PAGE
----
Israel's first Bitcoin ATM Israel's first Bitcoin ATM A man uses Israel's first bitcoin ATM machine at the Town-House TLV hotel in Tel Aviv. Bitcoin is a form of cryptography-based e-money that can be stored either virtually or on a user's hard drive, offering a largely anonymous payment system. (Photo: JACK GUEZ/AFP / Getty Images)

Bitcoin now truly global with an estimated 200 ATMs worldwide

Tel Aviv hotel is latest spot where people can purchase and exchange the digital currency that is gaining global acceptance.

Cities all around the world – from Melbourne to Austin to Sao Paulo – have jumped onto the bitcoin bandwagon, opening up ATM machines to help people use the new currency. The latest place to join in? Tel Aviv.

“The proliferation of these easy gateways between the legacy financial system and the new decentralized digital economy will be very important in increasing the general public’s familiarity with bitcoin,” Noah Berger, CEO of a start-up responsible for introducing the first bitcoin teller machine in Aurora, Colo., told From the Grapevine. “More broad use will follow once people are more familiar with this new kind of money.”

The automated teller – one of an estimated 200 worldwide – was installed earlier this summer at a chic Tel Aviv hotel by online crypto-currency consulting company Bitbox. Bitbox CEO Nimrod Gruber told digital currency news site CoinDesk that the new development will “allow any person with no previous knowledge of bitcoin and how it works to easily buy and sell bitcoin 24/7, bypassing the bureaucracy of the banks.”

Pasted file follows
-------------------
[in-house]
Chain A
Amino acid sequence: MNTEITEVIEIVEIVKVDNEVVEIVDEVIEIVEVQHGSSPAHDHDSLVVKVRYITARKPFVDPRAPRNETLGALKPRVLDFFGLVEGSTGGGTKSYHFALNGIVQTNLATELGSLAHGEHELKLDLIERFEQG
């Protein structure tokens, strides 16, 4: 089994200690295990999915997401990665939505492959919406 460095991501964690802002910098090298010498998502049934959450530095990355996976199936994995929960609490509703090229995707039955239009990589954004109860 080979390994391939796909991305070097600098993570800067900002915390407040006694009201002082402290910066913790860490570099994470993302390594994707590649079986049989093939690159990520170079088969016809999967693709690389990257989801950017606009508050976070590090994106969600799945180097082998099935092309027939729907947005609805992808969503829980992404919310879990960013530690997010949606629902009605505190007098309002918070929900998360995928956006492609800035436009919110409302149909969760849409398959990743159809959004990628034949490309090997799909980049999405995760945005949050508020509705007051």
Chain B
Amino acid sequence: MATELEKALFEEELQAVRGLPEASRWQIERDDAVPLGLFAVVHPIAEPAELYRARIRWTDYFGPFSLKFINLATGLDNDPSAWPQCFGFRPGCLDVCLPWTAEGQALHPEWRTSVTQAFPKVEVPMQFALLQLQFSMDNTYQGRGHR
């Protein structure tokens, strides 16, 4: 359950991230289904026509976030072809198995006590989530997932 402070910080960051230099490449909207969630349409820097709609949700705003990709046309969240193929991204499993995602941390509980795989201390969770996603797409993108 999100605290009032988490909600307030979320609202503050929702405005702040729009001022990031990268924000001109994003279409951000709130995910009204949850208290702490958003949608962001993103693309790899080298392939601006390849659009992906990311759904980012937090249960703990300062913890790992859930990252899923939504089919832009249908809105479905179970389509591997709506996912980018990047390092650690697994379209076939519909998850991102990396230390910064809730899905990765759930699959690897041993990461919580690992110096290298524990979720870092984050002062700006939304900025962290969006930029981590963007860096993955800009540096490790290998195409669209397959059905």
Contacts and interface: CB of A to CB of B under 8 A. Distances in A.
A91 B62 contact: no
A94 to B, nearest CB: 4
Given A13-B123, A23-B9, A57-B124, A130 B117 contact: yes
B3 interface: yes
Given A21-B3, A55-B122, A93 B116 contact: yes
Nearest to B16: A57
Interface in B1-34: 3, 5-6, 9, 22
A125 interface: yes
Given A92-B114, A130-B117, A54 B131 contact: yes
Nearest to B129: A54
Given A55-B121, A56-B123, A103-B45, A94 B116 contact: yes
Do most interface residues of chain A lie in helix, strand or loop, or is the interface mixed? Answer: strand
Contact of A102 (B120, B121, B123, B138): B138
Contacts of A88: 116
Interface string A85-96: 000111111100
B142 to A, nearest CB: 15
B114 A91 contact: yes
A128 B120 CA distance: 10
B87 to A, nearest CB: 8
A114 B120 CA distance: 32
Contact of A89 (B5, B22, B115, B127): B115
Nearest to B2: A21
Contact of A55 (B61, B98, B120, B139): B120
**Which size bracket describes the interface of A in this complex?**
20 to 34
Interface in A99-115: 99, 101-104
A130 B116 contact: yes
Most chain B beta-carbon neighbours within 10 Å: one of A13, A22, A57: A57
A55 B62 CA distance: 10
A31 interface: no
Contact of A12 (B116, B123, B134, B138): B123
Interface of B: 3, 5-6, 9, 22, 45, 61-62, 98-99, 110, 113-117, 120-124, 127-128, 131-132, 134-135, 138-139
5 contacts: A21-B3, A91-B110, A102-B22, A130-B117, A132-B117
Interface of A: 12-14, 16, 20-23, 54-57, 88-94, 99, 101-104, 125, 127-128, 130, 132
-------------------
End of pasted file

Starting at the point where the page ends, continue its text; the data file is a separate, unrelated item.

It's been about five years since an anonymous entrepreneur known as Satoshi Nakamoto created the bitcoin currency, but the nature of bitcoins remain mysterious to many people. More businesses are starting to accept them, however, and today anonymous transactions can be made for services ranging from pizza to space travel.

The bitcoin ATMs, which work like vending machines, allow users to buy bitcoins directly, bypassing a process that traditionally requires a bank transfer or a face-to-face purchase or exchange.

Sign in Hong Kong retail shop reads "Bitcoins Accepted Here"As the sign in a retail shop in Hong Kong would suggest, bitcoins are more commonly accepted by businesses around the globe each day.  (Photo: Phillipe Lopez/Getty Images)

Berger explained that bitcoin ATMs make the exchange both easier and safer, since it cuts out the middleman. “Our first kiosk in Colorado gives easy, safe and fast access to bitcoin without third party risk,” he said. “We buy and sell bitcoin directly with customers, peer-to-peer, without taking custody of customer funds.”

Berger said the introduction of a bitcoin teller in Israel shows the movement is truly global. “It means the conversation is starting,” he said. “It means that people who want choice … will have that opportunity more than ever. The more you think about bitcoin, the more you’re forced to consider the nature of money itself."

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